The bigger bass return…
On the 2nd November, on a very cold night (2°C) a client latched into the same fish that I’d probably lost (you never know!) when he landed a very well fed 70 cm (8lb+) bass. The fish took an Albie Snax lure, literally metres from the beach, in very calm conditions (yet another story that I aim to place in writing next week!)
Things did go quiet for a week when the weather remained on the cold side (we had some early morning frosts here in south Devon) but I was confident the bass were still around. In the very early hours of the 14th November, on a very dark moonless night, when the only sound to be heard was an owl in the distance, I ventured out with a mate of mine (and former client) George. I managed to land three bass, the largest at 63cm all on what was now becoming, the incredibly consistent Albie Snax.
I love filming these majestic predators returning to their haunts – attempting to keep the head-torch on them whilst filming isn’t easy, but if you can find a nice shallow, sheltered spot to return safely them then it makes the experience even more memorable.
A quick one!
I had another client catch a 58cm bass in darkness, this time on a white senko (sorry! Story to come!) very early in the morning on the 17th November. Ideal night fishing conditions (calm, settled) were also present last weekend (18/19 November) but with family commitments etc. I just didn’t get the chance to go fishing until Tuesday (21st).
As per most of my solo fishing sessions, I only had a couple of hours available, but I was extremely keen to head out as it was forecast to be a lovely warm morning before the weather changed to very windy conditions that evening and into Wednesday.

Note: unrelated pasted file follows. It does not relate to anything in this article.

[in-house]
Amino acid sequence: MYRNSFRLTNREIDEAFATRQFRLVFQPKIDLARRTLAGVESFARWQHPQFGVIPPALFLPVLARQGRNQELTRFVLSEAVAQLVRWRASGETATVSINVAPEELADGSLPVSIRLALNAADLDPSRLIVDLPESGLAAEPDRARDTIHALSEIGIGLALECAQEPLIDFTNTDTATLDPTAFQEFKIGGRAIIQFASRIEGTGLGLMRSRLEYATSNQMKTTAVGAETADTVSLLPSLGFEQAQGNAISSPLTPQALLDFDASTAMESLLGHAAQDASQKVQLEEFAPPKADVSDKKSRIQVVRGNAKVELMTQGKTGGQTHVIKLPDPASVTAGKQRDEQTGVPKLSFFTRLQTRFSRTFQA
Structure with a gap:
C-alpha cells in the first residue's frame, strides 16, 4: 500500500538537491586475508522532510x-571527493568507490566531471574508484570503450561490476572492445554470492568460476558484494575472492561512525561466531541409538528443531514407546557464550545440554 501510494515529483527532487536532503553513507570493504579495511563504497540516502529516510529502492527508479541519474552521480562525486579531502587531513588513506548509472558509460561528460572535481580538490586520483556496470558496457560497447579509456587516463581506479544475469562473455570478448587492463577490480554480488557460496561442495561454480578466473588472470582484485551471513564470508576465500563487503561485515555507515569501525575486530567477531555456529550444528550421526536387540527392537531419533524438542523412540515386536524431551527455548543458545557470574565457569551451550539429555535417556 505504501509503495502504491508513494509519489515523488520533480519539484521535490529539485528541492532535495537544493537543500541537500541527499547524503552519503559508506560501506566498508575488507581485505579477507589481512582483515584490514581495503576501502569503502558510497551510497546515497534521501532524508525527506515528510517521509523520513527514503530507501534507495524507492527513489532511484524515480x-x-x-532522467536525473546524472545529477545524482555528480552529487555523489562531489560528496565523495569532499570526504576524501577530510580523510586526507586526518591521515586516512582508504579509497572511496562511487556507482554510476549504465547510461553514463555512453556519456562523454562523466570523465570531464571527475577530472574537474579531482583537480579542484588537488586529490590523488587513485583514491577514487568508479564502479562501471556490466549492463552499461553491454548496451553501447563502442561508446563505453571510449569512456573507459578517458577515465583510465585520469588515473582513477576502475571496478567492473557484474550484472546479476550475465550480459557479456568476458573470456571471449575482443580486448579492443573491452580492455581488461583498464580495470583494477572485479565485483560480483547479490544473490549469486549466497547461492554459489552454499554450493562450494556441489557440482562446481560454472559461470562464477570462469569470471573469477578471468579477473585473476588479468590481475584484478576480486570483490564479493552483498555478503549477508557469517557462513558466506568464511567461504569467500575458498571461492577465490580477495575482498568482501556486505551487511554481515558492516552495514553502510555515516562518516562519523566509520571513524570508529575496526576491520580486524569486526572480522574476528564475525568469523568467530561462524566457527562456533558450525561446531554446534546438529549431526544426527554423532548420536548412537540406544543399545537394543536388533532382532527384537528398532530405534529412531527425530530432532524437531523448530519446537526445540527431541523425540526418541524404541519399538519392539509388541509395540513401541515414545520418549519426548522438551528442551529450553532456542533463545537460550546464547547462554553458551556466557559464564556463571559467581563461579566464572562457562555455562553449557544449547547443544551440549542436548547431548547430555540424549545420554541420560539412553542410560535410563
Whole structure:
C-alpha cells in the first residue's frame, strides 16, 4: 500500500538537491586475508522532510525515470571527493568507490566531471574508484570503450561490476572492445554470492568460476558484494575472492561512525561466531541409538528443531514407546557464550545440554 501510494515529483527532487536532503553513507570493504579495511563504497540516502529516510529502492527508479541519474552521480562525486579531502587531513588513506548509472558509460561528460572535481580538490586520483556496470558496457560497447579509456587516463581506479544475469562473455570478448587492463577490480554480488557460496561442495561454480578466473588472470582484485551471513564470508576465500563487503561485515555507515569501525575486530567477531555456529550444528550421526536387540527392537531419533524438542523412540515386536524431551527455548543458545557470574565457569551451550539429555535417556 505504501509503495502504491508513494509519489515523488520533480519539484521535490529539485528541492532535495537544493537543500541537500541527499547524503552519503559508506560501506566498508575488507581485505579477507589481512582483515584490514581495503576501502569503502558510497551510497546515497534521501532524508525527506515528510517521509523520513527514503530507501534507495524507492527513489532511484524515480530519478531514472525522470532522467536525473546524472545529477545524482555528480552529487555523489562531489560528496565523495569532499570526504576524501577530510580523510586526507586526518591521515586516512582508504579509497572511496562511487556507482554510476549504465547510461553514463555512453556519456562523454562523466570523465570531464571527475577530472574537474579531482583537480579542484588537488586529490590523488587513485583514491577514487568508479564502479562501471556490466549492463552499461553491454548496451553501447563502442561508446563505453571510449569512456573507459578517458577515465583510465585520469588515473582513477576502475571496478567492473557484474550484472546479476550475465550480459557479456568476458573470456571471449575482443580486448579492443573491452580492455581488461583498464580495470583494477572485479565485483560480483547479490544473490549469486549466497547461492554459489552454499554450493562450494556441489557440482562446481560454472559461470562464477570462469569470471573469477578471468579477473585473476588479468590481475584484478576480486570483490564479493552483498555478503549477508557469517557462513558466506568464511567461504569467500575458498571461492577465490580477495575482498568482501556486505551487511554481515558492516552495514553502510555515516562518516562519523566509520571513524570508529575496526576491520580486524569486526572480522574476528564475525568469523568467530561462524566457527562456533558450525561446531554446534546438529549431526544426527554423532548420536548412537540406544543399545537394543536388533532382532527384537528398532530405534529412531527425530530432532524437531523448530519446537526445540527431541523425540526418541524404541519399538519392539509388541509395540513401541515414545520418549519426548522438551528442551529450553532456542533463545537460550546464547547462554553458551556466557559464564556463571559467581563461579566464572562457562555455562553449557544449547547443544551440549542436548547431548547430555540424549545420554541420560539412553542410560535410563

With a high tide of 0730, I decided to fish the middle hours of the ebb, when the tide would be at its strongest over a stretch of coastline very local to me. With pure sand just beyond an area reef (encompassing some tasty parallel running gullies) the 2 – 3ft swell was breaking invitingly around the larger rocks that were starting to become exposed.
Needing something that would cast a long way (40m+) into the zone where the waves were breaking and the reef met the sand, I attached a Savage Gear Jerk Minnow 175 – quite a meaty lure admittedly. Furthermore, I do try to ‘match the hatch’ when I’m lure fishing and as there aren’t any sandeels around in November I was somewhat dubious about using this lure. But with the water quite murky (10 – 14″ of clarity) it seemed perfectly plausible that a bass would see a glimmer, a flash or some sudden movement and just hit it!
Second cast, out into the breakers and just as the lure was about to ‘swim’ over the reef it was nailed really hard by the 50cm bass below. Around 20 minutes later I caught a much smaller bass on the same lure – my lure box is beginning to look a little clustered with all these new bass catchers!
I’m so glad I remembered to chuck the Go-Pro into my own fishing bag for once (it normally resides in my client bag) as I was able to capture this short clip of the fish above being safely returned.
What will winter bring?
I’m very excited about the prospects for December and beyond. The weather is due to turn brighter and colder next week with a northerly flow therefore, it will serve to flatten the sea out (meaning it’ll also clear) along large swathes of the south Devon coastline. All of which which means one thing to me – night fishing! I would love to end the season with a monster bass – maybe even a double! Now wouldn’t that be nice!
In my next post I will highlight the EU proposals concerning bass fishing/conservation measures in 2018.
Thanks for reading.